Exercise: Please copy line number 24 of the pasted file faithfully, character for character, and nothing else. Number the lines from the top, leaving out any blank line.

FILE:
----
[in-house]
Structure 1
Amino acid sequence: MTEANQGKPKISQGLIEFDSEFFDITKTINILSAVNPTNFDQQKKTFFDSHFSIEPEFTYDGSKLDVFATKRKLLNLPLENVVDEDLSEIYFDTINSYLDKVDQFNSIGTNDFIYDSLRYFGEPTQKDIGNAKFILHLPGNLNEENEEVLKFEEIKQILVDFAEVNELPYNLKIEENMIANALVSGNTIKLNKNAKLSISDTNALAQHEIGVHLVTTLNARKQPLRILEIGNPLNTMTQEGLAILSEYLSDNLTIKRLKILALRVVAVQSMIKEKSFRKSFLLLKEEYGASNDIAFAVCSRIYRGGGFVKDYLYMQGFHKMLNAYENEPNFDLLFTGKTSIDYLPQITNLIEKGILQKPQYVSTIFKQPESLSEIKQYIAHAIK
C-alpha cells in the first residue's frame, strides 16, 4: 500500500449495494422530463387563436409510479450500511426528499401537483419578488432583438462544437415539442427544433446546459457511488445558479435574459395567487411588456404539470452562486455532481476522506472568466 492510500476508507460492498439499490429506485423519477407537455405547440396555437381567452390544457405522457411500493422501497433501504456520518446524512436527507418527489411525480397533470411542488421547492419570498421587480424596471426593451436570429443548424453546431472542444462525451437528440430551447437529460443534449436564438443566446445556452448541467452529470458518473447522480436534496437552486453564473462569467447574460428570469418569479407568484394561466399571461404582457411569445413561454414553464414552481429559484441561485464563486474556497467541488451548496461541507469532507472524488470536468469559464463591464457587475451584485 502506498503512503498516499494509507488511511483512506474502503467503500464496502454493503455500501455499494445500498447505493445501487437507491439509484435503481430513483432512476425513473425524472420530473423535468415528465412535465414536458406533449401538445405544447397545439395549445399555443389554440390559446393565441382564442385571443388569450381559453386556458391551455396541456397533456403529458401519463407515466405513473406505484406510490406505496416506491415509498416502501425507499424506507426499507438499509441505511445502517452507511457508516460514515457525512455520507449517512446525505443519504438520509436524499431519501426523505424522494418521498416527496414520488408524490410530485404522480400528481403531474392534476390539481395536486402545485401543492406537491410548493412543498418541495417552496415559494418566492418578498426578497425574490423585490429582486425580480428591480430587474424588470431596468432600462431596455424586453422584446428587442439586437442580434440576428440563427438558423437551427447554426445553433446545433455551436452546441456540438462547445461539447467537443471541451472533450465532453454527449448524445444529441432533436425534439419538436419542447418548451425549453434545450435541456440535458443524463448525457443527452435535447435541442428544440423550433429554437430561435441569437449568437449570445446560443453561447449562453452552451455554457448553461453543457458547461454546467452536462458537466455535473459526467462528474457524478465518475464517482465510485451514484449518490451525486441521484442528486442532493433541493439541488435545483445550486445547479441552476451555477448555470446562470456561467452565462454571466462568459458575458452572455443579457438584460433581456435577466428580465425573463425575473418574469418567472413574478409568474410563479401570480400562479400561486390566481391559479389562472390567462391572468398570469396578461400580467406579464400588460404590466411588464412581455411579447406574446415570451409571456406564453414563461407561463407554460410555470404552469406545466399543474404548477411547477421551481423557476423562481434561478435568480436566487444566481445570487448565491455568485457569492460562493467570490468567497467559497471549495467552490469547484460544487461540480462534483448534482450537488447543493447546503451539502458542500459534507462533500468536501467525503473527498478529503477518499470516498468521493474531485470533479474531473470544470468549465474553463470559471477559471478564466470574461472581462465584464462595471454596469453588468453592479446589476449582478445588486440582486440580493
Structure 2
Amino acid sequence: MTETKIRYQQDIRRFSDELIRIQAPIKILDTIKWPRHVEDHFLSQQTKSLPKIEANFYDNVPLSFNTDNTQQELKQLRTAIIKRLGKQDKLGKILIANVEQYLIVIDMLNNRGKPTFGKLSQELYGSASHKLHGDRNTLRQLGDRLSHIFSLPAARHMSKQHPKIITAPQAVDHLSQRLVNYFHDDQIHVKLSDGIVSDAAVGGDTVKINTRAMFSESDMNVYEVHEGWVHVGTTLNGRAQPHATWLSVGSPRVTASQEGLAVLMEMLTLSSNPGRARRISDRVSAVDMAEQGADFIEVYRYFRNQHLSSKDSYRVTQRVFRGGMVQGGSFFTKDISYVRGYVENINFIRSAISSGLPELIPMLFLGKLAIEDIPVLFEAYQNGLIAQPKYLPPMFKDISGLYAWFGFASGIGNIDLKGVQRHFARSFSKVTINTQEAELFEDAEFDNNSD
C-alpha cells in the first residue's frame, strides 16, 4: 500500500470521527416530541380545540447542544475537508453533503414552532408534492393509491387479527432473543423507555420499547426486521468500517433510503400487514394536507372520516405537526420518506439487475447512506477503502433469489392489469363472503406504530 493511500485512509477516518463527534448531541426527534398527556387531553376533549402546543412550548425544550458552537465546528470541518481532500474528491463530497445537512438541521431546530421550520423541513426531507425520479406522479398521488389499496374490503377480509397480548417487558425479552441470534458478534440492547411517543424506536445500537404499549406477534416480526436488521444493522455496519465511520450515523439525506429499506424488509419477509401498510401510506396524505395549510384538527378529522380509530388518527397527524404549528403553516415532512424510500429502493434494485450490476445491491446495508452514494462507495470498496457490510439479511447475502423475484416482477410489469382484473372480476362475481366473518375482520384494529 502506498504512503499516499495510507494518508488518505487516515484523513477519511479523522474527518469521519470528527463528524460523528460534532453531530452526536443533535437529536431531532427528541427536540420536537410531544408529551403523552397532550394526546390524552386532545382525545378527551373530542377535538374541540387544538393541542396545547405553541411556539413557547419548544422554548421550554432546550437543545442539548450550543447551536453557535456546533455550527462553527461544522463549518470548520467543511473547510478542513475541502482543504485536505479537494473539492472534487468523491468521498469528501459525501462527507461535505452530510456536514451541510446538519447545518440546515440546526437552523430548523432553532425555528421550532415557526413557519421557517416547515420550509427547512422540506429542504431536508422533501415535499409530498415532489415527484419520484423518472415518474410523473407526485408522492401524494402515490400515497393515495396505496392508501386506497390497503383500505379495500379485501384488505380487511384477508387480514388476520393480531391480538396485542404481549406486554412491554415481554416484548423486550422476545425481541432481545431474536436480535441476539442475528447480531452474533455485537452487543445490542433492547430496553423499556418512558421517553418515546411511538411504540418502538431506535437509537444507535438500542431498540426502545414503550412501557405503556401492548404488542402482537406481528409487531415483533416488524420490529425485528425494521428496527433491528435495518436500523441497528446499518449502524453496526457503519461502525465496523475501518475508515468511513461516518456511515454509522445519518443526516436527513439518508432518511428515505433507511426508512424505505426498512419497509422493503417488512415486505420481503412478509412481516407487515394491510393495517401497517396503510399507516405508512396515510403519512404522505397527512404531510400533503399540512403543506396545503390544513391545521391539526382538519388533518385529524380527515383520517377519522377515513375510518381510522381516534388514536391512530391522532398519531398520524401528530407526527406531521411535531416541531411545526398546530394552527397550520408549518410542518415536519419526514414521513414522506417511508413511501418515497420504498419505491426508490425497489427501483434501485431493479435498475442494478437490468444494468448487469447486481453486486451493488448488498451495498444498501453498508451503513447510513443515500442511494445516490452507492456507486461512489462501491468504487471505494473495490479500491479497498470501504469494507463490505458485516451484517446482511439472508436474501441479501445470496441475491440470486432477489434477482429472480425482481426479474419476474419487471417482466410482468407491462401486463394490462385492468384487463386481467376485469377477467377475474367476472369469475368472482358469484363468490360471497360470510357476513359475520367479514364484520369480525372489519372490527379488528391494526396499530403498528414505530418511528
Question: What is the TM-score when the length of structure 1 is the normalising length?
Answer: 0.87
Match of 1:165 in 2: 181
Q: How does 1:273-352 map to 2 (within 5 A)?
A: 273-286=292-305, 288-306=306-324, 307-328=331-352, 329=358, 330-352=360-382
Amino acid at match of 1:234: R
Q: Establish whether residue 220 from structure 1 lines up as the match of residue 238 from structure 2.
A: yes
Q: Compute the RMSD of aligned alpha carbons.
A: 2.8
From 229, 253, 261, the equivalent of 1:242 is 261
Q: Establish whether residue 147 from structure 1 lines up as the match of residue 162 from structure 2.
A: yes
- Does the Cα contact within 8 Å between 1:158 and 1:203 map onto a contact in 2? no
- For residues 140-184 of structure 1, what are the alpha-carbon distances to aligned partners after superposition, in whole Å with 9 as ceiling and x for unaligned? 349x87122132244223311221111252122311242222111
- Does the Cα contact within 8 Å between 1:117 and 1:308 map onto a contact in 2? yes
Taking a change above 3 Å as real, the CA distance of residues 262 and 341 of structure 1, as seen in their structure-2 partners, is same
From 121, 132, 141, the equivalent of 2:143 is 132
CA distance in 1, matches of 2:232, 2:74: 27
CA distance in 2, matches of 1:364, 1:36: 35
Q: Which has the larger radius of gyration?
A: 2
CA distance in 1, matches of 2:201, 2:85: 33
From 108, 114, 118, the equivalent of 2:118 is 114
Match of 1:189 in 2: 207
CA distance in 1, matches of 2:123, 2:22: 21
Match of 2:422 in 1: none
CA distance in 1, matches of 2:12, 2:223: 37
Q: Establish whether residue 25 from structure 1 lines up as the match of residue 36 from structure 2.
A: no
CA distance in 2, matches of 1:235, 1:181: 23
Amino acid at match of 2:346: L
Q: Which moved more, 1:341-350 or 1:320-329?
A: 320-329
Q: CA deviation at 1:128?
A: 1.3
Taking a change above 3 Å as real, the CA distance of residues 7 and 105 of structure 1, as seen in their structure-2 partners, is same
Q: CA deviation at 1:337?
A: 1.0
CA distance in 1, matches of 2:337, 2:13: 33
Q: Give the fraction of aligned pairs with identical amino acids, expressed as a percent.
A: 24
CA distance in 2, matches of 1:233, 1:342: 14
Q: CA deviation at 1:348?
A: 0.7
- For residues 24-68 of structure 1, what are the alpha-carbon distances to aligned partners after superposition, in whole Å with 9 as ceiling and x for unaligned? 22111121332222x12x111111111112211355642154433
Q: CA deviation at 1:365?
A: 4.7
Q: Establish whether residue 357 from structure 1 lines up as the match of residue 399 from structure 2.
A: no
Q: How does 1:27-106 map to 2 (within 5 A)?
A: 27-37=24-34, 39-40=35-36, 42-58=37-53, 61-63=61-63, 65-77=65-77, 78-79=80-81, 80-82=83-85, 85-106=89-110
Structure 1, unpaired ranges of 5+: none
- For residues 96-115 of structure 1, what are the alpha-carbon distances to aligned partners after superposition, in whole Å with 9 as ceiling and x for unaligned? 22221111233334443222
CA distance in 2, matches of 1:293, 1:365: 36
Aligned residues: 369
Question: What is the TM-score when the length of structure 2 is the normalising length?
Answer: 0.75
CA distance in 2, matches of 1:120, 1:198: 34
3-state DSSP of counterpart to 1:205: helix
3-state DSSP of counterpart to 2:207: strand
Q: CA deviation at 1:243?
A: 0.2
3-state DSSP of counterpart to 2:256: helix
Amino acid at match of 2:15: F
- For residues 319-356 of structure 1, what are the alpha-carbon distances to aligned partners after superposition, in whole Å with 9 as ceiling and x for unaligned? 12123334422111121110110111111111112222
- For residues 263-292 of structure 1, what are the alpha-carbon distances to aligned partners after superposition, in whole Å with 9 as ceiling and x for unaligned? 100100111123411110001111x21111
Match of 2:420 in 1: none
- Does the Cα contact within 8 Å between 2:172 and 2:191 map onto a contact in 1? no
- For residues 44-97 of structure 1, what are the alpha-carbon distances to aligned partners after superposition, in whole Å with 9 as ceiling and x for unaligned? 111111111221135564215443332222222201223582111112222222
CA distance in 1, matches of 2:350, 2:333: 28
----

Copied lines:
Taking a change above 3 Å as real, the CA distance of residues 262 and 341 of structure 1, as seen in their structure-2 partners, is same